City scene takes shape

It's official: the long-rumoured, oft-hinted, city scene has finally started to take shape.


The Utrainian Workshops have been busy churning out points for the complicated yard ladder trackwork; that is, the tracks that will route trains from two main lines onto one of eight platform lines. To further complicate matters, the station trackwork is all located on a curve to maximise the available space for the station platforms.

For the first set of points, I drew out the plan full size and used pieces of flexi-track and a length of metal to trace out the curves and track centrelines. I then traced these onto other bits of paper and painstakingly built up the points over these rough outlines.

It mostly went well, but there was a lot of fine-tuning required around the frog area; often the wheels would not track very smoothly though the frog area and the wheel flanges would hit one of the point blades, leading to an annoying jiggle as they went through. Not a huge deal, but good if it could be avoided.

The most complicated of these points was a continuous piece of track with two points flowing into each other; this one took a lot of fiddling and even after tweaking it all evening it still wasn't behaving right. The next morning I sat down and went over the basics to try and work out how it should be working. It would really have helped if I had a template, however the available templates tend to be for simple geometries, not trying-to-squash-in-as-much-as-possible-geometries. However while hunting I found a program called Templot, which is a totally hideous program with a nightmarish learning curve that produces beautiful track templates.

So I spent an evening designing the other set of points and then an even longer period working out how to get it print them out. In the end it was under the Template > Print setup > Page origins > Set page origins menu item, or something along those lines. It's an amazing program where every single function can be done 9 different ways, and every keyboard letter does something different; often I resorted to pressing all the keys till I found the one I wanted!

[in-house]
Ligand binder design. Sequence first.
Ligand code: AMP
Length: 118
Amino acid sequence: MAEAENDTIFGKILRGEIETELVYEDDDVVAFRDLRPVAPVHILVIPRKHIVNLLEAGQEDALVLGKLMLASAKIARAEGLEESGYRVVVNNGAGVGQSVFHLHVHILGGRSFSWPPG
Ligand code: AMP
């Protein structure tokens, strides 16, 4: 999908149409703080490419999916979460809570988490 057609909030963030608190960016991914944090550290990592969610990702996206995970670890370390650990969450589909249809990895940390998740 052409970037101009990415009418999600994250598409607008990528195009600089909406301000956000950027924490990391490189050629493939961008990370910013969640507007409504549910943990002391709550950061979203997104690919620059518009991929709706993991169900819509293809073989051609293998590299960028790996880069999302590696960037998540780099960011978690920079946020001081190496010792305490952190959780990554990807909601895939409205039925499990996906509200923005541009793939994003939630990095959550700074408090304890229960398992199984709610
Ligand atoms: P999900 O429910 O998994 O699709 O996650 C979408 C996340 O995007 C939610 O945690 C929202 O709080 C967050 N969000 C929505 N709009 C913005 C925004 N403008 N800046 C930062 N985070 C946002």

But with a beautiful flowing track plan designed and printed, I stuck all the sheets together and had a perfectly sized track plan and a template for each set of points. Perfect!

Module Base

With the trackwork rapidly coming together I needed a module to put it on. Saturday morning I headed off to The Ply Guy and bought some 7mm ply and enough 42x20mm pine to last a lifetime. Then I cleaned the garage and started building. After a few mistakes and wrong turns I had a very strong and square module a built up. Here is my lovely assistant holding it up so we can see the nice little triangle gussets that keep everything in place:

And on the top half, we can see my track plan in position, with the first of the Templotted points, and my freehanded ones below that.


No city is complete without some buildings, so to kick start things I placed an order a while ago with Plaza Japan on eBay for 1x small city. When I got home on Saturday there were two large boxes waiting for me from Toru, with all sorts of little buildings inside. Here is one of them, a Kato "6 floor department building (blue)". Quite a cool looking building that'll no doubt house a number of the better Utrainia model shops.

More Trackwork

Although a little hard to see, here is the second and third of the Templot points. This one has so far gone together very quickly and smoothly, with zero fiddling required so far. I may well end up using Templot to redesign the other side of the track, since it does such a good job.

Once these are finished I'll begin the exciting task of filling in the gaps with wooden sleepers; maybe that'll be a job for Rachel?!

Safety Gear

In the interests of protecting my lungs, I've bought a rather scary looking respirator:

It has fume filters, and will of course filter out dust and other particles etc. It feels a bit weird to wear at first, but it's very nice not having to worry about what I'm breathing in. I cut some fibreglass PCB material on the Dremel and didn't smell a thing, which is great, as fibreglass dust is pretty nasty stuff.

That's all for this weekend, hopefully throughout the week I can get more of the trackwork done. I'm looking forward to detailing some of the buildings, adding tenants and lighting.

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